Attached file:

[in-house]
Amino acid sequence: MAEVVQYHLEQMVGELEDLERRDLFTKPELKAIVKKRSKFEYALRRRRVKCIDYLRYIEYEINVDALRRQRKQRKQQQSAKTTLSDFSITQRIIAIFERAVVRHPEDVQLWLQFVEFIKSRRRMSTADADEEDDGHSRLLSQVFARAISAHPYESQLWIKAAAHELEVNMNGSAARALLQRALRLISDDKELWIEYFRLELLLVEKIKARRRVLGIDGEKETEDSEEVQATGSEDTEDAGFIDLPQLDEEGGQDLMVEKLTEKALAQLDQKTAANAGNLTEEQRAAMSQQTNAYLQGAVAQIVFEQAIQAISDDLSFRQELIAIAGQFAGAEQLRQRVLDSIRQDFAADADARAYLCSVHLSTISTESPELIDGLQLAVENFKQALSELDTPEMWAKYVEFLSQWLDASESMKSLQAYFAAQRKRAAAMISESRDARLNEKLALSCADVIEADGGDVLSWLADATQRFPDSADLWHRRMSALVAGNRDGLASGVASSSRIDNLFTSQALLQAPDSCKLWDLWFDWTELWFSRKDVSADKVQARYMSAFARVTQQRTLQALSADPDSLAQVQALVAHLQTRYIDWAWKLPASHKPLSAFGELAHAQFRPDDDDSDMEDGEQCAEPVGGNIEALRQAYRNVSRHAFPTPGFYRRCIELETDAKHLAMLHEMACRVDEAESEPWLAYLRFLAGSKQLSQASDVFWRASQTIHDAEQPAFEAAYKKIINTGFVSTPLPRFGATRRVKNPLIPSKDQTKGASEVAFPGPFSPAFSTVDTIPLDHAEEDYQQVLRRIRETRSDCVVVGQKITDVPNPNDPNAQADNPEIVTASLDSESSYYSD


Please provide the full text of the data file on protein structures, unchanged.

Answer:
[in-house]
Amino acid sequence: MAEVVQYHLEQMVGELEDLERRDLFTKPELKAIVKKRSKFEYALRRRRVKCIDYLRYIEYEINVDALRRQRKQRKQQQSAKTTLSDFSITQRIIAIFERAVVRHPEDVQLWLQFVEFIKSRRRMSTADADEEDDGHSRLLSQVFARAISAHPYESQLWIKAAAHELEVNMNGSAARALLQRALRLISDDKELWIEYFRLELLLVEKIKARRRVLGIDGEKETEDSEEVQATGSEDTEDAGFIDLPQLDEEGGQDLMVEKLTEKALAQLDQKTAANAGNLTEEQRAAMSQQTNAYLQGAVAQIVFEQAIQAISDDLSFRQELIAIAGQFAGAEQLRQRVLDSIRQDFAADADARAYLCSVHLSTISTESPELIDGLQLAVENFKQALSELDTPEMWAKYVEFLSQWLDASESMKSLQAYFAAQRKRAAAMISESRDARLNEKLALSCADVIEADGGDVLSWLADATQRFPDSADLWHRRMSALVAGNRDGLASGVASSSRIDNLFTSQALLQAPDSCKLWDLWFDWTELWFSRKDVSADKVQARYMSAFARVTQQRTLQALSADPDSLAQVQALVAHLQTRYIDWAWKLPASHKPLSAFGELAHAQFRPDDDDSDMEDGEQCAEPVGGNIEALRQAYRNVSRHAFPTPGFYRRCIELETDAKHLAMLHEMACRVDEAESEPWLAYLRFLAGSKQLSQASDVFWRASQTIHDAEQPAFEAAYKKIINTGFVSTPLPRFGATRRVKNPLIPSKDQTKGASEVAFPGPFSPAFSTVDTIPLDHAEEDYQQVLRRIRETRSDCVVVGQKITDVPNPNDPNAQADNPEIVTASLDSESSYYSD